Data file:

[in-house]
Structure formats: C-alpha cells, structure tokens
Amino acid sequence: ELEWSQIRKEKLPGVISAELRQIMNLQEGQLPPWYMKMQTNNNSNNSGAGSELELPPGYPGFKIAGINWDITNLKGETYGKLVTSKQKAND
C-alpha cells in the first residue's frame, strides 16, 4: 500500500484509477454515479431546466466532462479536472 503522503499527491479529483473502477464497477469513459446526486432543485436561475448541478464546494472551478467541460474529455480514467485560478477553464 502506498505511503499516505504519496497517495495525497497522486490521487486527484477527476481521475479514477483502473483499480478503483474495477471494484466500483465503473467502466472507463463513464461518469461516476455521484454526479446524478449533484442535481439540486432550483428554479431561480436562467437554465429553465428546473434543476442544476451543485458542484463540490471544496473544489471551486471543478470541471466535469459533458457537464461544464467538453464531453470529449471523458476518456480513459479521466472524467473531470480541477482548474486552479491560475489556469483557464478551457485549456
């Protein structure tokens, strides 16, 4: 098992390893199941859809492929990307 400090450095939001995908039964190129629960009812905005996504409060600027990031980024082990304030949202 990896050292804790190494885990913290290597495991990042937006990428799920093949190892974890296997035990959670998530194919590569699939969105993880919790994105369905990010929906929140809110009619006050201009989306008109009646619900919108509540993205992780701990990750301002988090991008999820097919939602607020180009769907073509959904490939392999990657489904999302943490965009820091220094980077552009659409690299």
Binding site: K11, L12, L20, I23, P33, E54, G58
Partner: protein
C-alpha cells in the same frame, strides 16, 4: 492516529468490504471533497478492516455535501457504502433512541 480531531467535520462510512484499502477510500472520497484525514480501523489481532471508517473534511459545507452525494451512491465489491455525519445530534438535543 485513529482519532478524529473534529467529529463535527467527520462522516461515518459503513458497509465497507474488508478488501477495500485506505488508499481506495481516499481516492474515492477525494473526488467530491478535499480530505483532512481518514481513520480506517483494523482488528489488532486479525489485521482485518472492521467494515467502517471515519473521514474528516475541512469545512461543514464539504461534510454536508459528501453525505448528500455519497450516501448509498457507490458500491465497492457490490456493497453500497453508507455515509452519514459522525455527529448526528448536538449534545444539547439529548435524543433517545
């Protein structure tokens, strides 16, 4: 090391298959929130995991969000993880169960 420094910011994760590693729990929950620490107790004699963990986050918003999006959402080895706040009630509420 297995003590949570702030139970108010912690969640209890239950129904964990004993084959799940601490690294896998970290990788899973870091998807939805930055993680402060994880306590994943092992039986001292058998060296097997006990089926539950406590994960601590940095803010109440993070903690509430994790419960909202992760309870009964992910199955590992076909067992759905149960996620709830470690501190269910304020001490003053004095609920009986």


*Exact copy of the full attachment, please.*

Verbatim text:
[in-house]
Structure formats: C-alpha cells, structure tokens
Amino acid sequence: ELEWSQIRKEKLPGVISAELRQIMNLQEGQLPPWYMKMQTNNNSNNSGAGSELELPPGYPGFKIAGINWDITNLKGETYGKLVTSKQKAND
C-alpha cells in the first residue's frame, strides 16, 4: 500500500484509477454515479431546466466532462479536472 503522503499527491479529483473502477464497477469513459446526486432543485436561475448541478464546494472551478467541460474529455480514467485560478477553464 502506498505511503499516505504519496497517495495525497497522486490521487486527484477527476481521475479514477483502473483499480478503483474495477471494484466500483465503473467502466472507463463513464461518469461516476455521484454526479446524478449533484442535481439540486432550483428554479431561480436562467437554465429553465428546473434543476442544476451543485458542484463540490471544496473544489471551486471543478470541471466535469459533458457537464461544464467538453464531453470529449471523458476518456480513459479521466472524467473531470480541477482548474486552479491560475489556469483557464478551457485549456
């Protein structure tokens, strides 16, 4: 098992390893199941859809492929990307 400090450095939001995908039964190129629960009812905005996504409060600027990031980024082990304030949202 990896050292804790190494885990913290290597495991990042937006990428799920093949190892974890296997035990959670998530194919590569699939969105993880919790994105369905990010929906929140809110009619006050201009989306008109009646619900919108509540993205992780701990990750301002988090991008999820097919939602607020180009769907073509959904490939392999990657489904999302943490965009820091220094980077552009659409690299």
Binding site: K11, L12, L20, I23, P33, E54, G58
Partner: protein
C-alpha cells in the same frame, strides 16, 4: 492516529468490504471533497478492516455535501457504502433512541 480531531467535520462510512484499502477510500472520497484525514480501523489481532471508517473534511459545507452525494451512491465489491455525519445530534438535543 485513529482519532478524529473534529467529529463535527467527520462522516461515518459503513458497509465497507474488508478488501477495500485506505488508499481506495481516499481516492474515492477525494473526488467530491478535499480530505483532512481518514481513520480506517483494523482488528489488532486479525489485521482485518472492521467494515467502517471515519473521514474528516475541512469545512461543514464539504461534510454536508459528501453525505448528500455519497450516501448509498457507490458500491465497492457490490456493497453500497453508507455515509452519514459522525455527529448526528448536538449534545444539547439529548435524543433517545
């Protein structure tokens, strides 16, 4: 090391298959929130995991969000993880169960 420094910011994760590693729990929950620490107790004699963990986050918003999006959402080895706040009630509420 297995003590949570702030139970108010912690969640209890239950129904964990004993084959799940601490690294896998970290990788899973870091998807939805930055993680402060994880306590994943092992039986001292058998060296097997006990089926539950406590994960601590940095803010109440993070903690509430994790419960909202992760309870009964992910199955590992076909067992759905149960996620709830470690501190269910304020001490003053004095609920009986």